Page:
Essays on Forecasting Demand and Preferences for Cars in Emerging Markets: The Case for China.

Qian, Lixian (2012) Essays on Forecasting Demand and Preferences for Cars in Emerging Markets: The Case for China. PhD thesis, UNSPECIFIED.

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Abstract

The emerging markets (EMs) have been increasingly important in the global economy, especially during the recession. These markets have different characteristics from the developed markets such as high level of market heterogeneity (Burgess & Steenkamp, 2006; Sheth, 2011). This thesis explores how to forecast the demand for cars in a market context that has been experiencing significant and fast growth. Car sales in 2002 were only 1.25 million units in China, while the figure increased to 11.27 million by 2010. Research on car market demand in developed economies is well established, but little attention has been paid to the emerging car markets and the challenges that researchers face when they have to predict the demand or preferences for cars in the EMs. By using the Chinese car market as the market context, this thesis explores how to tackle specific problems associated with forecasting the demand for cars in an emerging market. The thesis contributes to the literature in the following ways. We apply some of the well-known techniques that have been applied in other domains and assess how they fare in predicting the demand and preferences for cars in a new market context. We also take into account that preferences and the way in which consumers make choices in some markets may require a different methodological approach. We demonstrate the importance of understanding local consumer behaviour when it comes to not only collecting the data but we also show that this may mean that we have to modify or reject some of the approaches that have been used in more mature markets. The thesis also proposes novel modelling approaches that are inspired by the specific problems of predicting car demand in China, but these proposed methods can also be replicated and tested for other products in other new emerging market economies.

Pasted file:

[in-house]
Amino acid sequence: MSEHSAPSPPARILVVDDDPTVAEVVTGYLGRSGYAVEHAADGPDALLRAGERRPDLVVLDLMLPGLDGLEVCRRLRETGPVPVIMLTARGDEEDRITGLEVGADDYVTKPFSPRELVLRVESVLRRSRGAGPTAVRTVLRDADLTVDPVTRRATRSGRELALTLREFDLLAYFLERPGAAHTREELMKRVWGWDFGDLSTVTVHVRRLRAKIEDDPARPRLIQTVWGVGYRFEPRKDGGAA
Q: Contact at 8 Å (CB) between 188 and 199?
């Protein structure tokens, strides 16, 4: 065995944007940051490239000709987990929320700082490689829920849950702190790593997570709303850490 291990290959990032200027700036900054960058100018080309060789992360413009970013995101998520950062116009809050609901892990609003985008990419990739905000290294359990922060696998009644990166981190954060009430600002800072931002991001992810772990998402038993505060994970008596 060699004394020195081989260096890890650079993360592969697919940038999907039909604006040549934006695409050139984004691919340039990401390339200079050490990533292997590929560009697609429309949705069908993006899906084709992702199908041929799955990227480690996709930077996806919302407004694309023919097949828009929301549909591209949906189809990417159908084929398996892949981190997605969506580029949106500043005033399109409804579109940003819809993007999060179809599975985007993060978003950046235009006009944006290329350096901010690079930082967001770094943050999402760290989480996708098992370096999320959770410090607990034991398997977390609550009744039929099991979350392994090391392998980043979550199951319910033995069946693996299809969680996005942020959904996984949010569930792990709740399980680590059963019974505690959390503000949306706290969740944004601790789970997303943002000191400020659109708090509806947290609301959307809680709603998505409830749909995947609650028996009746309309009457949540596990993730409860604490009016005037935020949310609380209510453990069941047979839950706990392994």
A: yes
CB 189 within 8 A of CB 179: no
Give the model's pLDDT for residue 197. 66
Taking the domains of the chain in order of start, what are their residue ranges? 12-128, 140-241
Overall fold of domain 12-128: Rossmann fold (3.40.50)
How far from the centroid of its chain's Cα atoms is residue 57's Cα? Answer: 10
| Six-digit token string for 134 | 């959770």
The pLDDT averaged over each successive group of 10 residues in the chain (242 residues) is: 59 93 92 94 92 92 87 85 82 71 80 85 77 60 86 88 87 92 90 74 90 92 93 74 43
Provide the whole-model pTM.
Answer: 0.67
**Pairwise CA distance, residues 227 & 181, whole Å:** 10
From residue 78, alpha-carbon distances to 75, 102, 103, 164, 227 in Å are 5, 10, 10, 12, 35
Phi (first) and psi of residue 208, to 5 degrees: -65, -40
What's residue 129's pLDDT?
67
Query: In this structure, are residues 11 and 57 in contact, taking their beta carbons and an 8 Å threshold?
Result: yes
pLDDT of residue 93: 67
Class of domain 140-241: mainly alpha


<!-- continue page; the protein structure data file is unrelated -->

Item Type:
Thesis (PhD)
Additional Information:
Thesis (Ph.D.)--Lancaster University (United Kingdom), 2012.
Subjects:
ID Code:
133524
Deposited By:
Deposited On:
02 May 2019 16:35
Refereed?:
No
Published?:
Unpublished
Last Modified:
05 Dec 2020 06:57